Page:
At the Movies with Kevin: I Love You, Man a worthwhile bromance

There is a moment in “I Love You, Man” that epitomizes the affable appeal of Jason Segal when he stands at a house showing and accurately analyzes the inhabitants of the entire room with utter confidence and without passing judgment. His pleasant nature is derived not from his keen surveillance of the individuals, but the way he explains their intentions in such a carefree manner. There is no tension, no disdain for their character flaws, just simple, uncalculated, precise observation.

Although Segal does not have the lead role in “I Love You, Man,” his character, succinctly named Sydney Fife, is certainly more colorful and vibrant than Peter Klaven, played by Paul Rudd. At the beginning of the film, Peter proposes to his girlfriend (Rashida Jones) and he quickly realizes the dearth of friends at his disposal that might be candidates for the wedding party. Peter overhears his fiance bantering with her friends about the need for him to discover male friends in order to prevent him from clinging to their relationship as his only lifeline, and he decides to take this on as a task of self-discovery.

Peter’s biggest challenge is that he has no idea how to appropriately begin and nourish a blossoming male relationship because of his elementary social skills. He enlists the aid of his brother (Andy Samberg) and father (J.K. Simmons) with humorous results for advice on how to attract males without giving off the feeling that he has ulterior motives. After a series of both hilarious and disturbing “man dates,” Peter finally meets Sydney Fife (Segal), a person who enjoys his company and celebrates his eccentricities, while embracing his social awkwardness as a worthwhile and rewarding challenge.

The film does an excellent service in evaluating the social pitfalls of a growing male relationship, navigating it in a careful, intelligent manner. Men cannot go out to dinner or spend superfluous time together without being thought of as having other, perverse reasons behind their actions.

“I Love You, Man” astutely compares this uneasiness to the lighthearted social spectrum women occupy where intimate conversations with their friends are part of normal, accepted behavior. When men graphically explain the intricacies of their sex lives, they are considered disgusting, while women are seen as sexually exuberant creatures who wish to express their love when they speak of these exact same issues. The film refuses to place blame for this societal double standard, instead choosing to analyze the affect it has on both parties of a loving, healthy compatible sexual relationship.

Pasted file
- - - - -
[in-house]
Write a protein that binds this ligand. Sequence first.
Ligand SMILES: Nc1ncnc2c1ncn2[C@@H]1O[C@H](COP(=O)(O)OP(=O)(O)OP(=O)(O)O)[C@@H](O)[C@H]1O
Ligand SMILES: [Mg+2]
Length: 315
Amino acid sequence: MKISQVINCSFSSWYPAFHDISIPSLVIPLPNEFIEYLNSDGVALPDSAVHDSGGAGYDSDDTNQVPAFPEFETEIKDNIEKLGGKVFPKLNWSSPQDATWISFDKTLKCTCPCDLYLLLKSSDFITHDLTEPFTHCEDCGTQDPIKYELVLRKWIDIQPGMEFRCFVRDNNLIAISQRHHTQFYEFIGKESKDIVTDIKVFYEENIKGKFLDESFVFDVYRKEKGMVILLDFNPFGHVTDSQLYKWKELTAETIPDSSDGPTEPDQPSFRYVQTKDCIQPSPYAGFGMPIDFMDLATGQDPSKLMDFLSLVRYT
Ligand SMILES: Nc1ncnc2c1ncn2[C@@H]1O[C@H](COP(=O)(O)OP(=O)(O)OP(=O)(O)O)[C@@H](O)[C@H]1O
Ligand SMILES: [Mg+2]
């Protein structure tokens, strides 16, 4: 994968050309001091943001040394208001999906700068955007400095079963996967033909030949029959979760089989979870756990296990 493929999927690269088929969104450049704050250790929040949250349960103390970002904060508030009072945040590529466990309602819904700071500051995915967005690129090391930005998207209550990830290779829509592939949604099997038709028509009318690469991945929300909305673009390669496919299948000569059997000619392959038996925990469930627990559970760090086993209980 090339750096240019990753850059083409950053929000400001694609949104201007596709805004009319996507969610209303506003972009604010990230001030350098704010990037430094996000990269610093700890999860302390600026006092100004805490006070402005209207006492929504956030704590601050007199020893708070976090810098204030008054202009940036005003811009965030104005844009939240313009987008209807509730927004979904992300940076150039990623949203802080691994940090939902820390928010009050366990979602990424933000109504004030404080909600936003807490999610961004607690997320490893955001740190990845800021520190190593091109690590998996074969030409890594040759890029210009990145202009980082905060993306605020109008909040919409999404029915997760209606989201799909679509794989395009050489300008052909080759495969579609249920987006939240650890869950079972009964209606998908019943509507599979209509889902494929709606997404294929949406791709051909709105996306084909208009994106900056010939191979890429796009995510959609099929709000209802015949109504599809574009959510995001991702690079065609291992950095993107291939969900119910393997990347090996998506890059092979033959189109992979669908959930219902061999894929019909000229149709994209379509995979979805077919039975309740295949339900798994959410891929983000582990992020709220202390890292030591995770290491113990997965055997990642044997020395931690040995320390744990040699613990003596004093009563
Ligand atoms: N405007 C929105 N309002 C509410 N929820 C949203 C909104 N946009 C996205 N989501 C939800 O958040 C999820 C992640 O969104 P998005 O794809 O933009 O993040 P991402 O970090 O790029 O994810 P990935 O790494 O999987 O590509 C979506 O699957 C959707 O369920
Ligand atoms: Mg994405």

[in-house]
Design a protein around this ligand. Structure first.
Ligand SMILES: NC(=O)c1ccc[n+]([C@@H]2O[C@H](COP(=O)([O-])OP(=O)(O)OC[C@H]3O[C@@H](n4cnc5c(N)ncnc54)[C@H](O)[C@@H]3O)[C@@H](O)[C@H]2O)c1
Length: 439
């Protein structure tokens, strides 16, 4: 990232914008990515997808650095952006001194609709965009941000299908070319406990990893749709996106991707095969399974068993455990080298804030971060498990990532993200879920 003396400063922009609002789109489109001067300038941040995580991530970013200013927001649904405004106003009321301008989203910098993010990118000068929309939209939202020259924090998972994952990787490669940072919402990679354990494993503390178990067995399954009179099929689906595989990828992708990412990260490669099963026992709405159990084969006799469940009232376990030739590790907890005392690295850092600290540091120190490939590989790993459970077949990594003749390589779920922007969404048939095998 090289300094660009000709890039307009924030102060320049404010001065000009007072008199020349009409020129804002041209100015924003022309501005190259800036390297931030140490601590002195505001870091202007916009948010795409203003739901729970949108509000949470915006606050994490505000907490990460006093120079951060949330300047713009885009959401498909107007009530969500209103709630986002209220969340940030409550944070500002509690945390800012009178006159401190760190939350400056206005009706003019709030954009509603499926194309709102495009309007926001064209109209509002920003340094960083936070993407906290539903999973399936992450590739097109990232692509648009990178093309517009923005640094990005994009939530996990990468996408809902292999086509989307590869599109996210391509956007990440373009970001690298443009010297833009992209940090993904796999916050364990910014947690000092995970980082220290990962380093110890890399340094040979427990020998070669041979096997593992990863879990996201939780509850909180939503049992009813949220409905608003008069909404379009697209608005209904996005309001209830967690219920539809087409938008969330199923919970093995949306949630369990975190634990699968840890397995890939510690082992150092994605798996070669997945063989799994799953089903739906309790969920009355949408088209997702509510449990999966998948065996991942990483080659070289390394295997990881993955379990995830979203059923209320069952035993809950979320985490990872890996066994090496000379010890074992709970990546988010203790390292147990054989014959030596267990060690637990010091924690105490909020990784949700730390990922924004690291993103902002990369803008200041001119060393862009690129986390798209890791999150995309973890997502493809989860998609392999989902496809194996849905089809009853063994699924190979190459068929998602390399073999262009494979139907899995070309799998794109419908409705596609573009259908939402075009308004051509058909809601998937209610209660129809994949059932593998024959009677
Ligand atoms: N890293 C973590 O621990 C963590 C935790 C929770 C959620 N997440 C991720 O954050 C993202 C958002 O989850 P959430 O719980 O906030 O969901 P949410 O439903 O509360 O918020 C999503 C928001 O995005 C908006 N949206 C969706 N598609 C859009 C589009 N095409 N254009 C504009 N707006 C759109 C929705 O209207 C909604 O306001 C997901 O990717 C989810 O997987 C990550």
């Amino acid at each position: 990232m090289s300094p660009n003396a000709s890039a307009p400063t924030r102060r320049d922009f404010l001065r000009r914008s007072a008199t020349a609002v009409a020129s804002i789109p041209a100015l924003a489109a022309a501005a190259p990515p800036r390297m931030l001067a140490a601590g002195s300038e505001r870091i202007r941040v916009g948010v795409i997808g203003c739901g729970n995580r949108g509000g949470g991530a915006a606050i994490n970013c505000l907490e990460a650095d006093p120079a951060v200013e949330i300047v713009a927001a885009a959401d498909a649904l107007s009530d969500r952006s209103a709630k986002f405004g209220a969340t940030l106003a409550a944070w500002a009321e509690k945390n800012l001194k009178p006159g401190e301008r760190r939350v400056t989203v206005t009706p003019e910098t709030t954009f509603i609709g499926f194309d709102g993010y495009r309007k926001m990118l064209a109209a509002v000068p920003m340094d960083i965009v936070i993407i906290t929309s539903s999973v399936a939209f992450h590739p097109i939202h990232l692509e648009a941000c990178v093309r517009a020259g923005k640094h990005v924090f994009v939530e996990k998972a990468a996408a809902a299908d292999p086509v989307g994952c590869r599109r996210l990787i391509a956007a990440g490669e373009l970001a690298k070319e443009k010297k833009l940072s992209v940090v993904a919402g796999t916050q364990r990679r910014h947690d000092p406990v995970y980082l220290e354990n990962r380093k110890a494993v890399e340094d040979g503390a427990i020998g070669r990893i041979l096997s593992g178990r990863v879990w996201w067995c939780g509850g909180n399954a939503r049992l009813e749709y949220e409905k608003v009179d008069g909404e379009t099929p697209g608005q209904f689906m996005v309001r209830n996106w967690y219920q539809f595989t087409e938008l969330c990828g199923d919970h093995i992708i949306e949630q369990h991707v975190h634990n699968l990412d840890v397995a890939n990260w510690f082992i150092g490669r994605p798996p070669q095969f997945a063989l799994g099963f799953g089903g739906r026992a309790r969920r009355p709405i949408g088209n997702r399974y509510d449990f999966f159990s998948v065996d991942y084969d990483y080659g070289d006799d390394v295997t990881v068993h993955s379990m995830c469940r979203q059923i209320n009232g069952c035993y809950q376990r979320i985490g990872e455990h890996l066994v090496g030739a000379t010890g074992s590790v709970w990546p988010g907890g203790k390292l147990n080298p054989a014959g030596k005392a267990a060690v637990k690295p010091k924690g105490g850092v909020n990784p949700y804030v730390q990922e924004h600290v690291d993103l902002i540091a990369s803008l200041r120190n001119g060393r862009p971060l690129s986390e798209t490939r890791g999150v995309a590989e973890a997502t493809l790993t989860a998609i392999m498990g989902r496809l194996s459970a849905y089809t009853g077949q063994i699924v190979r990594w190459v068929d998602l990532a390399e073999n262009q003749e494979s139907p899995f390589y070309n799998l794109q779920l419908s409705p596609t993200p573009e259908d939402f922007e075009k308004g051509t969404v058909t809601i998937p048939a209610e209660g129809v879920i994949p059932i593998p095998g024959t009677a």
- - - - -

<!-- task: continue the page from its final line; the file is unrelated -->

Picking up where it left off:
“I Love You, Man” does not contain the same persistent laughs as “Superbad”, “Forgetting Sarah Marshall,” or “The 40-Year-Old Virgin,” but does include some of the same depth at the core of the characters revealed during the course of the story that affects the audience in an unexpectedly moving fashion. The real delight of the film is watching Rudd and Segel, two gifted comic performers, interact in a manner that makes their characters genuine and unique, even while being caught in a plot that seems extraordinarily familiar. Both actors are dancing a tightrope where monotonous comedy clichs have forever resided, while never seeming trapped by the recognizable storyline. All of the characters, including superior supporting work from Jones, Samberg, and especially Simmons, are played with rich authenticity, providing an elevation for the film above its given material.

The people in “I Love You, Man” are likable enough and the audience wishes happiness for them within and between each other. They do nothing too sinister and are always striving for contentment, even though some of them are at places in their lives where this is an almost impossible request to fulfill. Everyone gets what they deserve and no one is seriously injured, but lessons are learned and feelings confirmed and the audience feels better once they leave the theater, which sounds an awful lot like a successful and amusing comedic endeavor.

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